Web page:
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How Southwest pilot Tammie Jo Shults stayed calm in the cockpit

Twenty minutes after takeoff, Southwest Flight 1380 had to make an emergency landing. One of the engines had exploded, sending metal fragments into cabin and shattering a window, killing passenger Jennifer Riordan. Pilot Tammie Jo Shults, a former navy pilot, is being praised for how she reacted. Science correspondent and aviation expert Miles O'Brien joins Judy Woodruff to discuss what happened.

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  • Judy Woodruff:

    Next, the pilot in charge of that emergency landing of a Southwest Airlines jet this week.

    Southwest Flight 1380, traveling from New York City to Dallas on Tuesday, had to land in Philadelphia 20 minutes after takeoff. One of the engines had exploded in midair, sending metal fragments into the wing and into the cabin.

    Passenger Jennifer Riordan died after a nearby window shattered and she was pulled halfway out the opening, while other passengers tried to save her.

    Most of the 148 other people on the plane were not hurt, and pilot Tammie Jo Shults, a former Navy pilot, was praised for how she handled the emergency.

    Here is some of Shults' communication with air traffic control.

  • Tammie Jo Shults:

    Southwest 1380 would like to turn — start turning inbound.

  • Air Traffic Control:

    Southwest 1380, turn — just start turning southbound there. There's a Southwest 737 on a four-mile final — it will be turning southbound.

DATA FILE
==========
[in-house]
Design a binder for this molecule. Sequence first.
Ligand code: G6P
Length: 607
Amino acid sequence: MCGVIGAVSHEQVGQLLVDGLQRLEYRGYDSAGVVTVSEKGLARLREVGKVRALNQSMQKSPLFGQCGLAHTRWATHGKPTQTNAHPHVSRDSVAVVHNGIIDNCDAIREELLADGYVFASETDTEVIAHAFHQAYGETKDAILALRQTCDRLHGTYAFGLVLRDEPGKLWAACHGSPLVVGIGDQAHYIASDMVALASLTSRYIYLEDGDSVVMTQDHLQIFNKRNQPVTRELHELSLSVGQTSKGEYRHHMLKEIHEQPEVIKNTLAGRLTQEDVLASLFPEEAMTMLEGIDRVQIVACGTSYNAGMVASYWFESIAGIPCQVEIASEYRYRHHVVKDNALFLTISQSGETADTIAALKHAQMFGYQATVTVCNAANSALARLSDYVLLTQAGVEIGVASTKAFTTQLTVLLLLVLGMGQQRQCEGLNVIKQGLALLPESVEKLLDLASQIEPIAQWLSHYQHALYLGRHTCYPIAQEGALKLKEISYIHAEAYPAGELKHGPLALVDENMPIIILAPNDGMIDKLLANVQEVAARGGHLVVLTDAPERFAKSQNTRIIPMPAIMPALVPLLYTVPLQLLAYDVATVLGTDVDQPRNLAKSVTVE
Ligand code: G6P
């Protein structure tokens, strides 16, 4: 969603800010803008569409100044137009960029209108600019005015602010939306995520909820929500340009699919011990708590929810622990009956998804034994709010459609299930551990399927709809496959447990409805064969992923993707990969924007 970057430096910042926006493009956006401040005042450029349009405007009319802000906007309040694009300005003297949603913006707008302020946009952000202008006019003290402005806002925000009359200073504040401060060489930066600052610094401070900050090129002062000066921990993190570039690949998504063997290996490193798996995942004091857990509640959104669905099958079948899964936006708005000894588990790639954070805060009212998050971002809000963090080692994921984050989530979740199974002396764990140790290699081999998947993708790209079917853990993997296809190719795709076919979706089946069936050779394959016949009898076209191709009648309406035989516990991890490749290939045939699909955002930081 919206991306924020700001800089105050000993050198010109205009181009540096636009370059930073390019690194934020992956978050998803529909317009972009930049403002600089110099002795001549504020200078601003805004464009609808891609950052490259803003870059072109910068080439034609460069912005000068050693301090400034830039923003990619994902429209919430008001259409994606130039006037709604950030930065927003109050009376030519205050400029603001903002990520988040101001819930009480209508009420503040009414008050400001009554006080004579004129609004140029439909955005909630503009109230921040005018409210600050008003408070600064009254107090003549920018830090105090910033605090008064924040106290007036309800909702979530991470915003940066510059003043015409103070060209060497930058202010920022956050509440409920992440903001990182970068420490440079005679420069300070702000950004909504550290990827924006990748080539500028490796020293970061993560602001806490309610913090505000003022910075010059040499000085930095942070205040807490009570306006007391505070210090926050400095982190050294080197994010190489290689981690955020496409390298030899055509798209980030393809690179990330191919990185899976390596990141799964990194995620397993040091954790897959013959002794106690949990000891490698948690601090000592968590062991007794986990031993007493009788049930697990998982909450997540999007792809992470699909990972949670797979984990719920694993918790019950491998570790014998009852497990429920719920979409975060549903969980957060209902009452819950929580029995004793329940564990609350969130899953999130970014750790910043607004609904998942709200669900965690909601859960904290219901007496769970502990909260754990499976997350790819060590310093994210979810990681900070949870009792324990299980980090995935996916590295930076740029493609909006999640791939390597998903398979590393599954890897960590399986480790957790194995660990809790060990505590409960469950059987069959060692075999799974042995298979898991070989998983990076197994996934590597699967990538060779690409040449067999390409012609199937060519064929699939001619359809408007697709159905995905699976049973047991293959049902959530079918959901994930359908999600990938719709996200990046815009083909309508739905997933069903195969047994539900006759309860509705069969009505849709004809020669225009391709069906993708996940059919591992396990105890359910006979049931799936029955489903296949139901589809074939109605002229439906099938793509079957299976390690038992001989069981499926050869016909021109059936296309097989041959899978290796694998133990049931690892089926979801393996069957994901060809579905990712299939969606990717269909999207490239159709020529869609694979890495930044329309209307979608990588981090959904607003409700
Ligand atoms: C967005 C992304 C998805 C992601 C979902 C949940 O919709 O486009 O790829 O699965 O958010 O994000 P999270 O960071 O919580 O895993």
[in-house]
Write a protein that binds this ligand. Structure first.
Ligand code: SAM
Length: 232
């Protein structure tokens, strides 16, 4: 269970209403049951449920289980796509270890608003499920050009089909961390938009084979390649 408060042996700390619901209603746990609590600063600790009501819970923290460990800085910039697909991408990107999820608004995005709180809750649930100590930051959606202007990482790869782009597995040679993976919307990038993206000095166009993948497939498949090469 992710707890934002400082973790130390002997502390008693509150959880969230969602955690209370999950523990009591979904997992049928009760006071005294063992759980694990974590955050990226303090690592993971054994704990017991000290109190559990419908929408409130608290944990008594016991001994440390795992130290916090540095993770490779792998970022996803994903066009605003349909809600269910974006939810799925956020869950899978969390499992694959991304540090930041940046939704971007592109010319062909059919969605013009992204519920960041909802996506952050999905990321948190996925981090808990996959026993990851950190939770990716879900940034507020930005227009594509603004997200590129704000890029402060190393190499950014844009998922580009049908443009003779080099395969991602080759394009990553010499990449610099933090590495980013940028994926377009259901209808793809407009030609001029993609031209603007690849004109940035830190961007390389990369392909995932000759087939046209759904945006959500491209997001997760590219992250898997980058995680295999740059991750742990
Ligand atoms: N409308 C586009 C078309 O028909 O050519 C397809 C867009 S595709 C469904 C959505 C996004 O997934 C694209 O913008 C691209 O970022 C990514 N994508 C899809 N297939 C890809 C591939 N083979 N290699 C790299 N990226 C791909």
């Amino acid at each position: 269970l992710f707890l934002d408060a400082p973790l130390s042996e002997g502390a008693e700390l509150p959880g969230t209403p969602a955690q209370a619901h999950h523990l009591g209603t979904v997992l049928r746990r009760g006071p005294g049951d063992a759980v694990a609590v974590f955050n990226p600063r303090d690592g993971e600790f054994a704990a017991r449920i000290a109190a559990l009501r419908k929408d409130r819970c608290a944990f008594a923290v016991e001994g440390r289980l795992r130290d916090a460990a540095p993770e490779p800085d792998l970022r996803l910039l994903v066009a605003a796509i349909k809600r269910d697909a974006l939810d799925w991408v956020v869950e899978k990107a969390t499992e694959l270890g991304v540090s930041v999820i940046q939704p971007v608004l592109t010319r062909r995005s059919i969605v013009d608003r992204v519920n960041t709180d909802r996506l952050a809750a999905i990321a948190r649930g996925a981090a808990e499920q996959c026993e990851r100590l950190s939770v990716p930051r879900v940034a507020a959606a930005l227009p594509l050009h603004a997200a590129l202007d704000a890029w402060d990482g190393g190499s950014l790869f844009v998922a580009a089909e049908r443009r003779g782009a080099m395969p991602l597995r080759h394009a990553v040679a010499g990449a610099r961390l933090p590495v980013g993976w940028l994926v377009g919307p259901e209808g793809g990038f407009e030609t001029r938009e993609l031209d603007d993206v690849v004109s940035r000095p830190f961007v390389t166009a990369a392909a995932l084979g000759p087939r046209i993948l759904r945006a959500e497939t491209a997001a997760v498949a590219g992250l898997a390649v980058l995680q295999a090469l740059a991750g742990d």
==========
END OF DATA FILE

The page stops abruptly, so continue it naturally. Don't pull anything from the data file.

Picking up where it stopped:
Start looking for the airport. It's off to your right and slightly behind you there and altitude is your discretion. Use caution for the downtown area.

  • Tammie Jo Shults:

    OK. Could you have the medical meet us there on the runway as well? We have got injured passengers.

  • Air Traffic Control:

    Injured passengers, OK. And are you — is your airplane physically on fire?

  • Tammie Jo Shults:

    Not fire, it's not on fire, but part of it's missing. They said there's a hole and someone went out.

  • Air Traffic Control:

    I'm sorry. You said there was a hole and somebody went out?

  • Tammie Jo Shults:


  • Air Traffic Control:

    Southwest 1380, it doesn't matter. We will work it out there.

    So, the airport is just off to your right. Report it in sight, please.

  • Tammie Jo Shults:

    In sight. Southwest 1380. Airport is in sight.

  • Judy Woodruff:

    A remarkable exchange.

    And our science correspondent, who is also an aviation expert, Miles O'Brien, joins me now.

    So, Miles, I think everybody who was on that plane who has been talking to the press has been saying how grateful they are to the pilot, Tammie Jo Shults.

    I mean, remarkable calm. Just how difficult is it to fly a plane under those circumstances?

  • Miles O’Brien:

    Judy, the flight crew had an awful lot going on at once, two major emergencies simultaneously, a presumed engine fire, the loss of an engine, all that goes along with that, and an explosive rapid decompression, all that goes along with that.

    Those are two emergencies that flight crews train for and learn by memory what to do. And they had to sort through those checklists simultaneously, while, all at once, the aircraft steeply banking to the left 45 degrees because of the loss of thrust and the extra drag caused by the explosion in the engine, and on top of that having to get down as quickly as possible to an altitude of 10,000 feet, where the air is thick enough for people to breathe.